Nice to know: You can take in the tower easily when visiting Gunwharf Quays or the Harbour Rail Station.

See Spinnakertower.co.uk/ for prices, hours, and directions.

    

 

There are three ways for the public to get to the Isle of Wight by surface from Portsmouth. If you are traveling by car (against my recommendation), you can board a ferry at Gunwharf Quays. I watched many embarking and disembarking motorists from my spot on Bath Square steps from my hotel on Spice Island. On this route, you and your vehicle will be deposited at Fishbourne on the Isle of Wight. This is not where you'll spend much time likely, but since you have a vehicle, you can easily move on.

     If you are a foot passenger, you can board a hovercraft at Southsea, Clarence Pier. This is a pleasant walk from Bath Square on Spice Island. The pier is mainly an amusement park on pilings, but it has a history. On this route, you will disembark at Ryde, which is most likely where you want to start your exploration.

     The third option is what I chose: catamaran from Harbour Rail Station. This also is walking distance from my b&b on Spice Island (if one is not toting luggage). Here again, you are deposited at Ryde Pier Head. If you know enough to ask for an inclusive ticket on the catamaran, you have free use of the train from pier head to beach. Otherwise, it is a pleasant stroll from catamaran to shore. An inclusive ticket takes you anywhere on the mainline railroad, which is as far south as Shanklin. This I did.

    

Travel tip to skip Portsmouth:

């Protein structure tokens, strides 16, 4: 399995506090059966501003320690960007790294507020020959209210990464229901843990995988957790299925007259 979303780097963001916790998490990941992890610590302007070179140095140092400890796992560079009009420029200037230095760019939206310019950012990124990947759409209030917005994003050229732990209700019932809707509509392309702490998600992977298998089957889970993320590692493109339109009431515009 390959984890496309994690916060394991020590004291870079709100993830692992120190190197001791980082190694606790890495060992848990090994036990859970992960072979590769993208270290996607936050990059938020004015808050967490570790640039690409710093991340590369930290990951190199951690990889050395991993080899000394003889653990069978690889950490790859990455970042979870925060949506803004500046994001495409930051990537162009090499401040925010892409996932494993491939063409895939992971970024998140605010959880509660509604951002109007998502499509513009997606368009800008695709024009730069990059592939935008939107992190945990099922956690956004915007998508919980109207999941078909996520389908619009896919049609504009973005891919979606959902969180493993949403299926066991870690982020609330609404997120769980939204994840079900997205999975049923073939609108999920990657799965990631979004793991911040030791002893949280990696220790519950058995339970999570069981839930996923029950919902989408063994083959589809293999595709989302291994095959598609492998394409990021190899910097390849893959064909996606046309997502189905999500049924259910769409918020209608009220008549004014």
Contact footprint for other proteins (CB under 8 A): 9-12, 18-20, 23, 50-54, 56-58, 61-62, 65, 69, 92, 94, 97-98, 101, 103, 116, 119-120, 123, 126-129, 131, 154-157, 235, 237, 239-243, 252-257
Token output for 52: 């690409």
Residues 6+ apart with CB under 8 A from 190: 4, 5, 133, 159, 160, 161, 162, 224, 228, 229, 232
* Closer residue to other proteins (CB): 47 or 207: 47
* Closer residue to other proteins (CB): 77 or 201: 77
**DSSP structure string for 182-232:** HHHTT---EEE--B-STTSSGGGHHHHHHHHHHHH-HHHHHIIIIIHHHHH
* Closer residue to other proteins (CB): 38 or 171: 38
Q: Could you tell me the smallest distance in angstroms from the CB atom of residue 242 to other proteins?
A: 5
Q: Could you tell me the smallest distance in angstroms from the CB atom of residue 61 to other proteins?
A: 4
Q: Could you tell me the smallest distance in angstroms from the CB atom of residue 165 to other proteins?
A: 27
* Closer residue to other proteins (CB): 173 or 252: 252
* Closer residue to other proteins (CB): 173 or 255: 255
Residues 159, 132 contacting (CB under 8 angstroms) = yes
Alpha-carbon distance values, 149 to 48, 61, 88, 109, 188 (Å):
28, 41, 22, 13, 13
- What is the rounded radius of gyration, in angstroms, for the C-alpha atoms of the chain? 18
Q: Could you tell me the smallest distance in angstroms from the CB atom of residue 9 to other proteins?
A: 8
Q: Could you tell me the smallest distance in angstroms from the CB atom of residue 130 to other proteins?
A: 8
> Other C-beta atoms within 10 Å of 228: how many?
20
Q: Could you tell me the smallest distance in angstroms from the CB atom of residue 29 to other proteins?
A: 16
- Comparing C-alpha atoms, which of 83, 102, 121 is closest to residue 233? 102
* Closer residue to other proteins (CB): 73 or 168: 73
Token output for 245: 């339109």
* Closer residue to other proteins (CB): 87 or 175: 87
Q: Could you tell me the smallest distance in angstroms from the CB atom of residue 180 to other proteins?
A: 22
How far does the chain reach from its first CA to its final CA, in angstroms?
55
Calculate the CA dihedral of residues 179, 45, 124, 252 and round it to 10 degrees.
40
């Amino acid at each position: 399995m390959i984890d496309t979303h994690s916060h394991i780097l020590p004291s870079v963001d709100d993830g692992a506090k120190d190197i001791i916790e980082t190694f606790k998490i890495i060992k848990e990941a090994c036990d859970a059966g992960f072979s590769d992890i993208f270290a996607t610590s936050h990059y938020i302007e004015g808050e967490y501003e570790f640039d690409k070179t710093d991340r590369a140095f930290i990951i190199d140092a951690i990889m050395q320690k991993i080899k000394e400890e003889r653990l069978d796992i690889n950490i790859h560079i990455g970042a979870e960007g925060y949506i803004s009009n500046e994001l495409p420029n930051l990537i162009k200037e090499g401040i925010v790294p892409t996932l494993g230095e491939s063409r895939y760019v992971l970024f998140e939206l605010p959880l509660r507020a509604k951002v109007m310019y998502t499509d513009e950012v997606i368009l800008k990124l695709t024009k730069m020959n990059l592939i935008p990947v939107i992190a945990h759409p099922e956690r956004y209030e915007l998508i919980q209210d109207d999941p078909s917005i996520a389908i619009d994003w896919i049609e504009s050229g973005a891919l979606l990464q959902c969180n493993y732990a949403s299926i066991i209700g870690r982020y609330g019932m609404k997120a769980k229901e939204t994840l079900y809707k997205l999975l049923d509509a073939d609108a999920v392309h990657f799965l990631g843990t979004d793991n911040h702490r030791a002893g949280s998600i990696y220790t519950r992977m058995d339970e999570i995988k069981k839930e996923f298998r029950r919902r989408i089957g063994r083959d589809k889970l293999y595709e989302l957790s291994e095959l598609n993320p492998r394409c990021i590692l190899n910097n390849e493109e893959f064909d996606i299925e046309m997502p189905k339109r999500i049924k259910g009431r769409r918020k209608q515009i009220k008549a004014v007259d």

Note that train connections to the catamarans are very easy for travelers who want to skip the amusements of Portsmouth. Trains arrive in Harbour Station a few steps away from where the catamarans depart

     See Wightlink for ferry fares and schedules.                        

 

 

Dodging London on excursions to Britain has its rewards, chief among them: money savings. Away from the capital, lodging costs about half of what metropolitan London does.

     Dr. Samuel Johnson once said: "When a man is tired of London, he is tired of life." Although I never tire of London, in recent years the delights of broader Britain hold greater appeal to me, perhaps created by disparity of nautical life and desert dwelling.

     Portsmouth was a new destination to me on this trip. It served as a base for visiting Chichester, Portchester, and the Isle of Wight.

     Folkestone is my all-time favorite city in Britain. This time, I went to Deal and also Walmer Castle.

     In Reading, along with hundreds of locals and few tourists, I went to a choral concert at the town hall.

 

Travel tip to skirt London:

If you disembark at Heathrow Airport, take the eleven-minute ride by rail to Hayes and Harlington. From that station, you can hop aboard trains headed west.

     If you are deposited by air at Gatwick Airport, you can grab a south-bound train in the airport and arrive 30 minutes later in Brighton (on the Channel a destination in itself) and then head east or west.

     If your plane plops you in Manchester, you don't need my advice.

     See National Rail to plan itinerary. 

Folkestone

 

 

 

 

 

 

 

 

 

 

 

 

 

 

 

 

 

 

 

 

 

 

 

 

Newly-reopened Vinery which

hangs on the cliff in Folkestone

 

I joined this bloke's picnic in the Vinery:

 sandwiches from Tesco, ambiance from nature.

 

The sun was low in the western sky as I walked the Leas on my first evening after a seemingly eternal trip from the States.

 

A good place in Chichester to buy comfortable shoes after you wear out the first pair tromping the beaches and footpaths of the UK.

 

Folkestone